IT is one of the busiest routes on the ferry network with more than 600,000 people a year tramping or driving on and off the pier.

But islanders have long warned that the old structure at Craignure on Mull, owned by Argyll and Bute Council, is not coping with the new and bigger ships needed to carry visitors to and from the mainland.

Those warnings have now become a reality when Calmac’s busy Oban to Mull ferry service ground to a halt when part of the pier fell apart.

The travel plans of hundreds of people were disrupted on Sunday when the ferry service was temporarily suspended. 

It comes after Mull and Iona Ferry Committee warned in January that a transport crisis was looming because the council had failed to address the state of the pier.

Now Elizabeth Ferguson, chairwoman of the ferry committee, has written a damning letter to the council questioning its maintenance spend on an asset which brings in pier berthing dues of almost £1.5million a year.

She said: “Under its own weight and without any impact or encouragement this large timber – the job of which is to absorb the berthing force of ferries amounting to thousands of tonnes – simply fell away from the structure of the pier.”


The damage is extensive

CalMac had to immediately suspend all services and hundreds of travellers were severely impacted and rerouted via the Morven peninsula on the first busy weekend of the season.

“The certain impact on our economy and confidence in our islands as a destination is much harder to quantify.

“This incident raises doubts over the maintenance schedules and therefore the integrity of the pier as a whole.  How can it be that a structure that is presumably subject to regular, detailed inspection and repair, which is openly acknowledged to be at the end of its design life, can suffer from an unforced failure such as this?”

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Councillors and council officials met with ferry committee members and Mull community councillors on March 28 and claimed the pier was “fit for purpose”.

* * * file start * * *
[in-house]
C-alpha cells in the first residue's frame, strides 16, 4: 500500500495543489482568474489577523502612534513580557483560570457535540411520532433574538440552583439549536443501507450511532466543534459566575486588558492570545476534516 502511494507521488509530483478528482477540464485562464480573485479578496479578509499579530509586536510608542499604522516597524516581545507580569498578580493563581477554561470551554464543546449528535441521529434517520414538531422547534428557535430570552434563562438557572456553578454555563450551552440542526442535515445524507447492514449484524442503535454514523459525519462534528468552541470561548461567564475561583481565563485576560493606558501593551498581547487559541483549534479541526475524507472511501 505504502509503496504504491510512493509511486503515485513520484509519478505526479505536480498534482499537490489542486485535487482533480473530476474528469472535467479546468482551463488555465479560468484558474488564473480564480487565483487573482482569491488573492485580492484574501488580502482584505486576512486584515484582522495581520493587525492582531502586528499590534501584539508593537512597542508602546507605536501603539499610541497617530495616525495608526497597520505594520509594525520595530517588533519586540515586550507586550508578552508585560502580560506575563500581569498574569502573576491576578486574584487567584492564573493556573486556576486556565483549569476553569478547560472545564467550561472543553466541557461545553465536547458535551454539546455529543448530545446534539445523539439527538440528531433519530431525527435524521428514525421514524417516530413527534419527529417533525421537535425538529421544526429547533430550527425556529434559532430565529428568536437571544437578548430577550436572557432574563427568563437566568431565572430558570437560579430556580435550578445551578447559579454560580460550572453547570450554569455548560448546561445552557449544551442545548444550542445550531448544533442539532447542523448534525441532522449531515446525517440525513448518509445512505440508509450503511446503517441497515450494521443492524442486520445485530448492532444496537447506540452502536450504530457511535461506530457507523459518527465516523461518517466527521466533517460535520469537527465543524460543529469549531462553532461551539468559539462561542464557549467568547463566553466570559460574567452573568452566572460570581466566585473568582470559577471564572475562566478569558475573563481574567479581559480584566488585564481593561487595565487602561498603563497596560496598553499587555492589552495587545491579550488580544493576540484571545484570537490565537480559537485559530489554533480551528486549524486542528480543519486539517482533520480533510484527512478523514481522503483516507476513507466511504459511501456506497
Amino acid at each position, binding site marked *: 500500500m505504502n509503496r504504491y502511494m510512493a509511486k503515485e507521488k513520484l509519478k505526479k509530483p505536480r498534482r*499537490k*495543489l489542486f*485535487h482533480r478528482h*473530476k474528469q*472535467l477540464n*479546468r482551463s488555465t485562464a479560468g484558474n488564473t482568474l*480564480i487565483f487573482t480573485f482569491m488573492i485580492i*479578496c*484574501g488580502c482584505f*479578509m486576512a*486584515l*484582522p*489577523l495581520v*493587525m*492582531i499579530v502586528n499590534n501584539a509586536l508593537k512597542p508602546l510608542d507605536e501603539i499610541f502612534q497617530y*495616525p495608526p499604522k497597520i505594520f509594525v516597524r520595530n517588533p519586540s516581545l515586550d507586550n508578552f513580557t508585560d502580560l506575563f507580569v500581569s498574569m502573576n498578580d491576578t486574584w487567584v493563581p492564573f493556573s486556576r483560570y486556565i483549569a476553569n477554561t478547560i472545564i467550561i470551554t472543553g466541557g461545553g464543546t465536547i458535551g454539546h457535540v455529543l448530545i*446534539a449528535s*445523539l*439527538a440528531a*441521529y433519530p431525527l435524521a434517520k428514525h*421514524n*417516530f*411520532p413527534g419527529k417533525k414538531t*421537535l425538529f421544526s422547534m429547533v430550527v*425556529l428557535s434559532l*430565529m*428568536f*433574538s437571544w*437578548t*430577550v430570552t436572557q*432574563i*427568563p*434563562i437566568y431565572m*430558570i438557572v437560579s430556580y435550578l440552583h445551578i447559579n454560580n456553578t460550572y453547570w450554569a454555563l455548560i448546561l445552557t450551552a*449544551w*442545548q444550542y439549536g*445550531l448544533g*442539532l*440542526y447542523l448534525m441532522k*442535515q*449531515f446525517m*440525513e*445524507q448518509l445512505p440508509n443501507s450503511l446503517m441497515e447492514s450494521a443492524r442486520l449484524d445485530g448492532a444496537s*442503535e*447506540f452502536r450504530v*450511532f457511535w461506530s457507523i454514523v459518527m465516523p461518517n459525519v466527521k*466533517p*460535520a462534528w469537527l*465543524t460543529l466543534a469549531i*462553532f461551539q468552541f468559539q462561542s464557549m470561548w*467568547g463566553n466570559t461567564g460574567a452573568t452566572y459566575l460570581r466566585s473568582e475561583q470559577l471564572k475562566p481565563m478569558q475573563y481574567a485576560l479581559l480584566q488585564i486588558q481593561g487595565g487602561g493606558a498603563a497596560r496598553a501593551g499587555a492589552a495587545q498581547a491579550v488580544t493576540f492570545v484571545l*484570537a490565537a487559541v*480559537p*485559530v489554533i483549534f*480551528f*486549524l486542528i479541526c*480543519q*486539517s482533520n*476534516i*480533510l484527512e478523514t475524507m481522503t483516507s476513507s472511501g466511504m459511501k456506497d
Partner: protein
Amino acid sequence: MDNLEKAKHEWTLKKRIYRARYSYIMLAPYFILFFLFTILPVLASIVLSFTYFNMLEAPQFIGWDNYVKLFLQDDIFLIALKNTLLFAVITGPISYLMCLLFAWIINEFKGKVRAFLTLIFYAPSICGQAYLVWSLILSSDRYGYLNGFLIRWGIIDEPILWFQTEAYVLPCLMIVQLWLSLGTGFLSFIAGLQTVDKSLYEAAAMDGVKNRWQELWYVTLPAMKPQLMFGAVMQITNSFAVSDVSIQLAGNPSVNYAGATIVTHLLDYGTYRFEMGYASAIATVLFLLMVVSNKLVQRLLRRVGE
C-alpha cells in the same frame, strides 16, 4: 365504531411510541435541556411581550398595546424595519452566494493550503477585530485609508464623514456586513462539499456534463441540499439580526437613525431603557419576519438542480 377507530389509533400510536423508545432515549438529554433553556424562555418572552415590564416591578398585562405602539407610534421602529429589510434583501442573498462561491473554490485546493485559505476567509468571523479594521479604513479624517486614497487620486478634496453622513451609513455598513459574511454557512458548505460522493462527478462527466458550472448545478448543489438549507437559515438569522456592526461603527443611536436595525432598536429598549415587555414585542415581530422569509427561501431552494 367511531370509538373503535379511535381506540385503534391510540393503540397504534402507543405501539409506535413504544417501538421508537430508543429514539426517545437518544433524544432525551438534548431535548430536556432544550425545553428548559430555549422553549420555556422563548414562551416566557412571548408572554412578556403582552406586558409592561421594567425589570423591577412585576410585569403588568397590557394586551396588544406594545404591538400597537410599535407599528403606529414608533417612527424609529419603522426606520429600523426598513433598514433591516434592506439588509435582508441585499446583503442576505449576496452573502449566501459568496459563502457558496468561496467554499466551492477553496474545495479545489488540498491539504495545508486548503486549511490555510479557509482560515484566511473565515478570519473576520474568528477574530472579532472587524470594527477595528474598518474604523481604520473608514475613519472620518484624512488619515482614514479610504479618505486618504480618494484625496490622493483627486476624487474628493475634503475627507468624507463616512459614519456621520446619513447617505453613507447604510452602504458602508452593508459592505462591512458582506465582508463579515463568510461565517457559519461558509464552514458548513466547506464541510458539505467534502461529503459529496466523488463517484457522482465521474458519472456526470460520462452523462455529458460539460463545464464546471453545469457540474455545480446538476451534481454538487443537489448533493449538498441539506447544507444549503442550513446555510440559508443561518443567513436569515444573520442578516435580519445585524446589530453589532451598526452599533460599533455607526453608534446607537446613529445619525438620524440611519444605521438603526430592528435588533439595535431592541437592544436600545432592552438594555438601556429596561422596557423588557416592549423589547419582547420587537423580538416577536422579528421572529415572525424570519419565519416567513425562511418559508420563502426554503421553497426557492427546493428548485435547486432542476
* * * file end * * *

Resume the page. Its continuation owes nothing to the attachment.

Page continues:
Islanders say they have been warning of the need for repairs for six years. Now they add that the pier will not be big enough for the larger ferry earmarked for the route from next summer.

Mrs Ferguson, calling on the council to compensate travellers affected by Sunday’s suspension, said: “This incident demonstrates to both islanders, visitors and CalMac crew that it is anything but fit for purpose.”

She is now asking the council to provide details of inspection routines for the pier, and a list of outstanding defects, as reported by CalMac’s own weekly checks.


Tobermory, Mull. 

Billy McClymont, chairman of Mull Community Council, said: “A week ago we were having a meeting with the council and they said the pier could continue for another 10 years, a week later a bit has fallen off. The pier takes in almost £1.5m a year. It’s the golden goose and it’s a real slap in the teeth that they have spent nothing on the pier.”

He said the community council was set to join Coll, Colonsay and Tiree, in a new Confederation of Islands being planned to fight for a bigger political voice for islanders, as they claim they have been ignored for years by the council and the Scottish Government.

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The new ferry is needed to handle a 40 per cent increase in the route’s traffic as a result of the introduction of Road Equivalent Tariff in 2015.

A recent Scottish Transport Analysis Guide appraisal stated that the north and south berths at the pier were too short for larger ferries.

Critics say Highland Council and CMAL, the state body which owns Calmac ships and many ports, were further ahead dealing with similar issues.

Argyll MSP Michael Russell said: “I am very concerned about the pier. It is a vital link between Mull and Oban and it must be kept operational. The council also makes a considerable amount of money from it and has resisted community attempts to take it over.

“It is difficult to understand how a recent maintenance check found nothing amiss, so there needs to be some urgent work down to ensure its future, whilst work already under way in planning a replacement needs to be accelerated.

“I have already alerted the Islands and Ferry Minister to these problems and I will be supporting the Mull community in getting this sorted out.”


A ferry plies the Sound of Mull

Mull residents have previously warned that a cut in their ferry services left them facing a “winter of discontent”, which forced some families and businesses to consider moving to the mainland.

During summer months, two car ferries constantly make the 45-minute crossing between Oban and Craignure. But during the winter the 2,700 islanders had to cope with as few as four “lifeline” sailings a day, with just one ferry working the route.

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A council spokesman said: “We apologise for this brief disruption caused to ferry services by a displaced section of timber, which has now been successfully removed. 

“After inspecting the site we can confirm this timber section was not an integral part of the pier’s structure and removing it will have no implications on the use of the pier for the scheduled service vessels.”